However, there are still many investors who are unaware of the business opportunities and threats of sustainability, and who don’t consider it as an important part of their investment criteria. However, this is changing. The impact of Environmental, Social and Governance is such that the US Labor Department issued new guidance last year, which acknowledges that environmental, social, and governance factors may have a direct relationship to the economic and financial value of an investment. When they do, these factors are more than just tiebreakers, but rather are proper components of the fiduciary's analysis of the economic and financial merits of competing investment choices. Further, the Sustainability Accounting Standard Board (SASB) is overcoming the limitations of the current financial and ESG disclosure system and has evidenced industry specific non-financial elements having material impact according to SEC’s definition while developing its rigorous disclosure framework which involves industry working groups.
There are also tremendous business opportunities beyond ESG integration related to engaging with society, consumers, and communities as stressed by the Michael Porter’s Shared Value Initiative and discussed in a recent paper published by McKinsey.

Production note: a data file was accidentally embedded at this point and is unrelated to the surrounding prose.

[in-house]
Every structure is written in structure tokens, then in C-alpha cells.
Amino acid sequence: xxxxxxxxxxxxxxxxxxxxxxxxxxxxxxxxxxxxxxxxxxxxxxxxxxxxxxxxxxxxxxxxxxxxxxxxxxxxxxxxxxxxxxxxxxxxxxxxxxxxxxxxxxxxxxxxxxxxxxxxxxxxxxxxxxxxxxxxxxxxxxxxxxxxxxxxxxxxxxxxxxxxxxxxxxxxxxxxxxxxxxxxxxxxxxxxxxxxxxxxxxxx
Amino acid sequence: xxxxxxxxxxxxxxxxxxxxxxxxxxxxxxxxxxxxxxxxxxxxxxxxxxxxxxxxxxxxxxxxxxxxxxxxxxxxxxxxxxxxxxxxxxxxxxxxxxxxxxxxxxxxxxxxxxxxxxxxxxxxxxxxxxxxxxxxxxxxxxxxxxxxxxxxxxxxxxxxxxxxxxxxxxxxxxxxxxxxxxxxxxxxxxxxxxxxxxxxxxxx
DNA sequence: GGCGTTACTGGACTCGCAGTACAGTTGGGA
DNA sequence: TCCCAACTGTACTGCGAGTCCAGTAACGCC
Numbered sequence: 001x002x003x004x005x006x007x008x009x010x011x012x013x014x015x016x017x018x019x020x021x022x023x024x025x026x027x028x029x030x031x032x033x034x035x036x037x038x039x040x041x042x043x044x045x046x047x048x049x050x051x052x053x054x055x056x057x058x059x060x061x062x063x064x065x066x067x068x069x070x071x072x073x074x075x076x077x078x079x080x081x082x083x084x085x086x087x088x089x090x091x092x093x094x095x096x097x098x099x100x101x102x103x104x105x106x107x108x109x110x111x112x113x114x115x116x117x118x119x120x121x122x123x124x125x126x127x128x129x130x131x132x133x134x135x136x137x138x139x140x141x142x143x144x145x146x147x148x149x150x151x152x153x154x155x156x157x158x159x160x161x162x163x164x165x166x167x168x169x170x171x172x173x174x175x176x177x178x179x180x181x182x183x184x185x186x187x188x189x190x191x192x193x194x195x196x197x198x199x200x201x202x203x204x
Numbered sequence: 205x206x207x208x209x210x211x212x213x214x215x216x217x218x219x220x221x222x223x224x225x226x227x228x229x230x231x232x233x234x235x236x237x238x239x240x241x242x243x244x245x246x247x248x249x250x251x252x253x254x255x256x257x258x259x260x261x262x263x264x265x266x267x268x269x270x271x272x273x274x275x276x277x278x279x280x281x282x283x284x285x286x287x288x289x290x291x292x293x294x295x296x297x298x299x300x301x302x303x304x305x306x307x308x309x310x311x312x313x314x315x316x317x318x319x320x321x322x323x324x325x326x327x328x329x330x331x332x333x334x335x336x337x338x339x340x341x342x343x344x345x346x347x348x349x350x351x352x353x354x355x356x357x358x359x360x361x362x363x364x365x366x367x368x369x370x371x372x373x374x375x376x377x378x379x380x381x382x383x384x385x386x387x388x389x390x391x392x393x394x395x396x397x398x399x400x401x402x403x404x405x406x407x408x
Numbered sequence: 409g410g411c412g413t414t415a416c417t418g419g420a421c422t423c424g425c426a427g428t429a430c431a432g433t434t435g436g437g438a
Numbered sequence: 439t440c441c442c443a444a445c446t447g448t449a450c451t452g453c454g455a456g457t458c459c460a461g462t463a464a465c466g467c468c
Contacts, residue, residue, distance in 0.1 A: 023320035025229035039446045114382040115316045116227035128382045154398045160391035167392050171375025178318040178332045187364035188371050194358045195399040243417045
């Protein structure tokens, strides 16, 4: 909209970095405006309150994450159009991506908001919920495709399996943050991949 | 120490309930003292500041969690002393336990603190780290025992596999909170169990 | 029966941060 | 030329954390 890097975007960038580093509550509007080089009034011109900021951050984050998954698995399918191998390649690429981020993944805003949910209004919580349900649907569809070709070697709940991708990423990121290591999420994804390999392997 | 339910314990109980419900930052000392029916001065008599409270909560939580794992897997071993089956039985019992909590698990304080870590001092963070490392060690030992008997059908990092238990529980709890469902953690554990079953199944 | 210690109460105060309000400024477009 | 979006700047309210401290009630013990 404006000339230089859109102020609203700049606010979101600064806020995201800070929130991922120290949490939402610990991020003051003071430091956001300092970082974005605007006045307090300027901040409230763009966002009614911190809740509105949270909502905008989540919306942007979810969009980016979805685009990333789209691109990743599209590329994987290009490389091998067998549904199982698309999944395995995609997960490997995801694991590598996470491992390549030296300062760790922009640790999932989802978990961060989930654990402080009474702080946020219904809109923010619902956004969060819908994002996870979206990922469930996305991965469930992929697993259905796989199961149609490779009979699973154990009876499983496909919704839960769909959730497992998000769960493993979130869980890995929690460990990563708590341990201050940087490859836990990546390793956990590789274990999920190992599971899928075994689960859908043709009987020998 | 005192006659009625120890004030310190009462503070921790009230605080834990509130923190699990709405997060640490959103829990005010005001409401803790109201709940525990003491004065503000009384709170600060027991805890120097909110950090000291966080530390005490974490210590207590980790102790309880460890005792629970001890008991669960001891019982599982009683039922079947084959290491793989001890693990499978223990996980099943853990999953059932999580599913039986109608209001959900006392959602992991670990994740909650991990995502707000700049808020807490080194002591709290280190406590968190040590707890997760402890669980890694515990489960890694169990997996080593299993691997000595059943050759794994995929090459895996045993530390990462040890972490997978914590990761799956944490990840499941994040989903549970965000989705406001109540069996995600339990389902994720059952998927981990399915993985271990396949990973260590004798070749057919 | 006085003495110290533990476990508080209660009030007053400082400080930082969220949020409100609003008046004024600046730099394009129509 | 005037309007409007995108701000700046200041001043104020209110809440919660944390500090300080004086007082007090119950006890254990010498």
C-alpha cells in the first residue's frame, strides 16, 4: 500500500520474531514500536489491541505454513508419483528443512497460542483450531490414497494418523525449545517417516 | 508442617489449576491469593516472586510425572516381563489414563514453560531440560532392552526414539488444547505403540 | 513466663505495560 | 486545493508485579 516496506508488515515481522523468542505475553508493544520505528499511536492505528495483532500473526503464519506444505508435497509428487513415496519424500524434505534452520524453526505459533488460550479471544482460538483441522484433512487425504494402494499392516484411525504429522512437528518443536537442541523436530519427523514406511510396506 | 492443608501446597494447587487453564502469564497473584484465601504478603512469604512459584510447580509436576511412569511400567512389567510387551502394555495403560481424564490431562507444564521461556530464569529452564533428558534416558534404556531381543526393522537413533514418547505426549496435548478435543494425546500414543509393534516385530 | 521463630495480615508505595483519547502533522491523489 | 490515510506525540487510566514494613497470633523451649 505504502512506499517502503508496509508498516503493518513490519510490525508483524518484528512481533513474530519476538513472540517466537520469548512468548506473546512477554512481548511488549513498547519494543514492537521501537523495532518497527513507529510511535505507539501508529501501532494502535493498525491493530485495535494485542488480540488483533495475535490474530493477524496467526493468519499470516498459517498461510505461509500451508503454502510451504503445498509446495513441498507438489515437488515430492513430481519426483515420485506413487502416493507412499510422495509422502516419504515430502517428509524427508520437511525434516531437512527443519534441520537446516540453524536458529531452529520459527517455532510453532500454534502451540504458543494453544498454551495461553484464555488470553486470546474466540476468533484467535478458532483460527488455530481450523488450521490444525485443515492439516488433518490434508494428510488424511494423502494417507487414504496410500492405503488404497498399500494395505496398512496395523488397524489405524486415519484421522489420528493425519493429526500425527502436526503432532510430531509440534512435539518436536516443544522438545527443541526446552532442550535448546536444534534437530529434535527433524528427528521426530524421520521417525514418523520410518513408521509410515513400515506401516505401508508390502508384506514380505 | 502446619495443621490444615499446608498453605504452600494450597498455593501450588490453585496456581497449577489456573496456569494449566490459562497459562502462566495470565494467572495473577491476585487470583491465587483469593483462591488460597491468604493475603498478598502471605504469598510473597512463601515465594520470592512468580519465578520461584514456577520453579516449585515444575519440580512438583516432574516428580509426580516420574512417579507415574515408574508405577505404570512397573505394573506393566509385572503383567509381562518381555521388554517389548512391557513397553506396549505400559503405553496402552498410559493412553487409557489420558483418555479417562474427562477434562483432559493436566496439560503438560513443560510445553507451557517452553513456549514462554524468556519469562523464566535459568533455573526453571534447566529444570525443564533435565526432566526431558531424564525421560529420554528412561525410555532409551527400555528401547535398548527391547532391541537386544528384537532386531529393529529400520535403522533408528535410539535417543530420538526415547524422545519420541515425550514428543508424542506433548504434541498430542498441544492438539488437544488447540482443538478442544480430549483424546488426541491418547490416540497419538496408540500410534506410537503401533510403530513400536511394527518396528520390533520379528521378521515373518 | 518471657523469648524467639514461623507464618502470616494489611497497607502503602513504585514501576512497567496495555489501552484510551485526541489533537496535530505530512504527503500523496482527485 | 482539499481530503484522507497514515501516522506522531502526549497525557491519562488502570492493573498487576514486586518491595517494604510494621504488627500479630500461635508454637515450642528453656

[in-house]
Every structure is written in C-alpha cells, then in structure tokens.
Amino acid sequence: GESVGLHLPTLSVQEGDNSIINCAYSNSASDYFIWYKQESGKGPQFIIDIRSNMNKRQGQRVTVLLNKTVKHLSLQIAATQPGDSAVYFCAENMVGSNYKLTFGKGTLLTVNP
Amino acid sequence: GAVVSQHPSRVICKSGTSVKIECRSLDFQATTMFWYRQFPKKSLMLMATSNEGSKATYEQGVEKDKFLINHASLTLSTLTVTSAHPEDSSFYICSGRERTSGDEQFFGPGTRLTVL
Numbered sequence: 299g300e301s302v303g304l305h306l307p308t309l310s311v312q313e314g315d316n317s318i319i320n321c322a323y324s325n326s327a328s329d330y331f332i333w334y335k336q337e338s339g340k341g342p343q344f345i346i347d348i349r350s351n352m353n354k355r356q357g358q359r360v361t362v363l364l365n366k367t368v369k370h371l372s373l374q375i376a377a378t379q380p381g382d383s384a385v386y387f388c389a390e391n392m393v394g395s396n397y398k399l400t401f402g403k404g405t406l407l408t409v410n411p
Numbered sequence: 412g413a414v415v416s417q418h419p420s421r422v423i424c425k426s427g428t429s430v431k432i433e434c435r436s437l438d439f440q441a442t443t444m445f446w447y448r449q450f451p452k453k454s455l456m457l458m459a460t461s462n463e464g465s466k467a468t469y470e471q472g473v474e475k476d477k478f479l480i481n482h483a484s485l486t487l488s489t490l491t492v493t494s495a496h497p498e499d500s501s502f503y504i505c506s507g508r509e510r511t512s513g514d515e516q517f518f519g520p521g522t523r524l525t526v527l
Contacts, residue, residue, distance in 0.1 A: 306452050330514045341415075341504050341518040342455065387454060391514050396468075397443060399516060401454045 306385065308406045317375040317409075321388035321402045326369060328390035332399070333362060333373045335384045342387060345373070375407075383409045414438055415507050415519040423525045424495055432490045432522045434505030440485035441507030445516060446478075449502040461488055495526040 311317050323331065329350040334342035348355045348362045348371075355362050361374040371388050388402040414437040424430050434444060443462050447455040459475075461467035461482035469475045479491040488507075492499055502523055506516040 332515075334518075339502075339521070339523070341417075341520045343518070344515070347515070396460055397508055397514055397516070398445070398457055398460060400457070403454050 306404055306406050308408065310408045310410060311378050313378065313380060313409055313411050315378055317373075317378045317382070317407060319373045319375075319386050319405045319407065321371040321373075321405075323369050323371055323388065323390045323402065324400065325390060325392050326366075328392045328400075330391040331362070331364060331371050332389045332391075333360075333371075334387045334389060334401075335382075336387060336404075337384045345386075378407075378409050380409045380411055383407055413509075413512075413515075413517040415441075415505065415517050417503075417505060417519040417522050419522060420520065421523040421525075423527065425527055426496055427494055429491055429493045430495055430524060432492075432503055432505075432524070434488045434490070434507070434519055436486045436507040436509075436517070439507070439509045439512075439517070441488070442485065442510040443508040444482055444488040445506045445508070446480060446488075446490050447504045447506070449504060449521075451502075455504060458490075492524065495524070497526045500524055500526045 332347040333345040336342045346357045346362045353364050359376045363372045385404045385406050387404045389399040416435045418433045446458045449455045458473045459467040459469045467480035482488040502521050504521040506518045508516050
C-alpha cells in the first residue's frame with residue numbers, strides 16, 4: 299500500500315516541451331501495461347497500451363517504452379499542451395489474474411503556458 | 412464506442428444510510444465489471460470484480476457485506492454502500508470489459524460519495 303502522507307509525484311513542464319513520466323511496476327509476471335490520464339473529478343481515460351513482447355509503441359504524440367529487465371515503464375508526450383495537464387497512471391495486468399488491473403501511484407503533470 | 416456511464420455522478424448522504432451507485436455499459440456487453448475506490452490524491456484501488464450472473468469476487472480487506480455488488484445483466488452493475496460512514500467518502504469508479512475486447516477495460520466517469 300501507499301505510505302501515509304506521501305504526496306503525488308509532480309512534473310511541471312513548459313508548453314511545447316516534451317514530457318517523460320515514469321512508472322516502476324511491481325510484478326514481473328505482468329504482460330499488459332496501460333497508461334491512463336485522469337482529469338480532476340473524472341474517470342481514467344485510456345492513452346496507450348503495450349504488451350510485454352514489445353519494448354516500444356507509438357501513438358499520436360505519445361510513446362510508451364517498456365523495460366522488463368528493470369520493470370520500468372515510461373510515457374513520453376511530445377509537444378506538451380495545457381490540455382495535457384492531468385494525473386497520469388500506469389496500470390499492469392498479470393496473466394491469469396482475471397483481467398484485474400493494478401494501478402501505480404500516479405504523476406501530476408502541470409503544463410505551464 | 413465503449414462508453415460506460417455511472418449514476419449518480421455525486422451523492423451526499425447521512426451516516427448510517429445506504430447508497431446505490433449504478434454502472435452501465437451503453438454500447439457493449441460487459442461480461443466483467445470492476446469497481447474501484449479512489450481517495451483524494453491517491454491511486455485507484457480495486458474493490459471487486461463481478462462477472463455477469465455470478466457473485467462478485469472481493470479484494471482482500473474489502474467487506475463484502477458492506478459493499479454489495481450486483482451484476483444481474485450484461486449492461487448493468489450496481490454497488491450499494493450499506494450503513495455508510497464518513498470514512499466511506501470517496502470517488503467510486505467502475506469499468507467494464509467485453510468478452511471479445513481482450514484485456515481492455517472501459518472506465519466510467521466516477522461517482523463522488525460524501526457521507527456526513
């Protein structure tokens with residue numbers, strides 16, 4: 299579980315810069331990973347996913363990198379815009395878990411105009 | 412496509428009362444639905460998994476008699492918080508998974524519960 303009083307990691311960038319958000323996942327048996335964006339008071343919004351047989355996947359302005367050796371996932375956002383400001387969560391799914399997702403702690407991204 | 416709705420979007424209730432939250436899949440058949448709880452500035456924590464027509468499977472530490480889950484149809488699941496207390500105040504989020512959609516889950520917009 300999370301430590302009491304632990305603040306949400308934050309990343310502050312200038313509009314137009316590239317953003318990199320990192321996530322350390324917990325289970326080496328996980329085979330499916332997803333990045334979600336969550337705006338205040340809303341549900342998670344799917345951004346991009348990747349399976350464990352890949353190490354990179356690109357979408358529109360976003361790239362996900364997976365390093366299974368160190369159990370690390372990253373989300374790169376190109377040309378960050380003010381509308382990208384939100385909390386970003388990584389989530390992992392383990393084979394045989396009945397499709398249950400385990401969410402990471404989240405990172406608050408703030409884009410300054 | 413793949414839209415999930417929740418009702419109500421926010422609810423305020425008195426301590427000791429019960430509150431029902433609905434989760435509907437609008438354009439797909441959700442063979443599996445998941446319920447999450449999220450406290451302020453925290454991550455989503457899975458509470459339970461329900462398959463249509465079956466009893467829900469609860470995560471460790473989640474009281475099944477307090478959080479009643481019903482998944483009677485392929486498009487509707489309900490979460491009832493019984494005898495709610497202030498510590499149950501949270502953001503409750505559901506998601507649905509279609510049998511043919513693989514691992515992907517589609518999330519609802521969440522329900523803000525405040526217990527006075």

In addition, sustainability-related initiatives can generate revenue growth, increase productivity, and improve a company’s risk management as evidenced in the UN Global Compact Value Driver Model co-developed by Cary Krosinsky.
In regards to environmental aspects, we are presented with great opportunities in a post cop21 energy market which is transitioning toward a lower carbon emission model supported by the historical COP21 agreement that will soon have repercussions in the international regulatory framework and while overcoming the major negative effects of pollution on health, first cause of death globally. We are also presented with opportunities to reduce significantly companies’ operating costs while finding new business solutions following the circular economy model in a world facing increased resources scarcity.